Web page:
I agree with Mr. Wolfman. My old farm partner and I spoke and giggled for hours.
She went off tho.
I was in DC's VA.
She was lured.
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I Love to talk to real people.
I'll send this to Robert Deluty.
He's not a odd evangelical.
I notice this a lot at work. There are definitely different work styles when it comes to men and women. Even in terms of penmanship.

r
Someone quipped that since humans and chimpanzees share > 98% of their DNA, and since the amount lost in the y chhromosome exceeds 2% human males and chimpanzee males have more in common than they do with their mates. The Chimpanzee genome project, though shows that human and chimp 'y' chromosomes and the MSY (male specific) portion have diverged hugely in the last 6,000,000 years. So, much that it looks like they diverged at 320,000,000 years ago rather than six million. So, there goes that bit of witticism.
Thanks for a funny, yet serious, look at the gender vs. sex, nurture vs. nature question. I generally go with nature, and that's pretty depressing at times. R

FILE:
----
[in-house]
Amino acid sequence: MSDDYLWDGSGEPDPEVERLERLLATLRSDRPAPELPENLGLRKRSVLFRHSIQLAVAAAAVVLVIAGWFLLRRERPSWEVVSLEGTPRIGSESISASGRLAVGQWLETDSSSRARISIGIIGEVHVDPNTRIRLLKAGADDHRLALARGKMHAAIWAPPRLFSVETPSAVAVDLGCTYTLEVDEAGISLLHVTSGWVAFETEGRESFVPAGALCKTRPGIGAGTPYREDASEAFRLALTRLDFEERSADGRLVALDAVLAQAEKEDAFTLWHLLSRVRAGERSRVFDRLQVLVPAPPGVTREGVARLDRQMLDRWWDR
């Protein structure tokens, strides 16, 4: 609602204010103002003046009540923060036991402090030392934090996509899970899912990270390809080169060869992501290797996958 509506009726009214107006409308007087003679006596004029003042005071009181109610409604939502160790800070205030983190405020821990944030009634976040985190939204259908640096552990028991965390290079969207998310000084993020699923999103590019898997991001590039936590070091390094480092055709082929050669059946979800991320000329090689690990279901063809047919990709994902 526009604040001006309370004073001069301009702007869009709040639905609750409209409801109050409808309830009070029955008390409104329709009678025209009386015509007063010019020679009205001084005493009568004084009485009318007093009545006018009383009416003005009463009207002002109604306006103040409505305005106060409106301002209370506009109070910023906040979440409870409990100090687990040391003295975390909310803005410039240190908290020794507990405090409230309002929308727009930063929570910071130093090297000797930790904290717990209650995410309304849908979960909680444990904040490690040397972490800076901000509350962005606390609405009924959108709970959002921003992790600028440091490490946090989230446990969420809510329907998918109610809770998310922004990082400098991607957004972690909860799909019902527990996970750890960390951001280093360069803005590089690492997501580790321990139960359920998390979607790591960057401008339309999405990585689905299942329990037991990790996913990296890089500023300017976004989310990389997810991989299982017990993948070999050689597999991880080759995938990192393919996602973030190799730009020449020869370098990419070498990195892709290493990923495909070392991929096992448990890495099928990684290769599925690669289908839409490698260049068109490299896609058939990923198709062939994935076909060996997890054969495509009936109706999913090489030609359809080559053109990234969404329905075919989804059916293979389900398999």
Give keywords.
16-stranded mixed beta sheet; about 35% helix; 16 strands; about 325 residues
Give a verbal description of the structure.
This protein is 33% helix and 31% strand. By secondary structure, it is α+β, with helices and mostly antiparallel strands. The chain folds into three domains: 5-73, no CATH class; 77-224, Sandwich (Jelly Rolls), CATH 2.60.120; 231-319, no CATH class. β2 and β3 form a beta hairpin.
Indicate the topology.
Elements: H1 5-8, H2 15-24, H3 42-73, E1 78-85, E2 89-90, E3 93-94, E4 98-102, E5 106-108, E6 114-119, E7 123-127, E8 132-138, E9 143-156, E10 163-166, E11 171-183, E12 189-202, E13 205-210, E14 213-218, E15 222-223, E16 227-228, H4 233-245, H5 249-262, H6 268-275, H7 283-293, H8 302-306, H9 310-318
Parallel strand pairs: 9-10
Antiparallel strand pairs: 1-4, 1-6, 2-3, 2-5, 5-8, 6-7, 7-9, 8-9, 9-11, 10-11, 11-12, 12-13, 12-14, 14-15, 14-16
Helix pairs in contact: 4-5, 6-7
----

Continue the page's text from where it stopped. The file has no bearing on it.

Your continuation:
Somebody's got way, way too much time on their hands. I'll be glad where we get to the time where we stop pretending not to know what we know.
I've long believed that there are gender differences between male and female that go beyond the obvious lack of similarity in our plumbing and reproductive functions. Trying to predict individual behavior based solely on these differences is largely a fool's errand, however. As a species we are just too diverse on the individual level to do that. But when one starts to deal with larger and larger gr0ups, I think that is where we begin to see those differences more clearly.

This has obvious implications for public policy and everyday life. It is not enough to simply have laws in place respecting gender equality, we need public policy that recognizes the differences. For example, in the field of health research, female biology was long ignored, which is why "Our Bodies Ourselves" is still a hit and is translated into many languages.

I've worked at jobs where men were the majority and I've worked at jobs where women were the majority. I'm not a scientist, but my experience tells me that the dynamics were different, often in ways I did not clearly understand.

I don't know how accurate Marco Del Giudice's research will turn out to be, but he is asking important questions. I don't think either gender essentialism or "the genders are mostly the same" will prove to be an accurate assessment of humanity.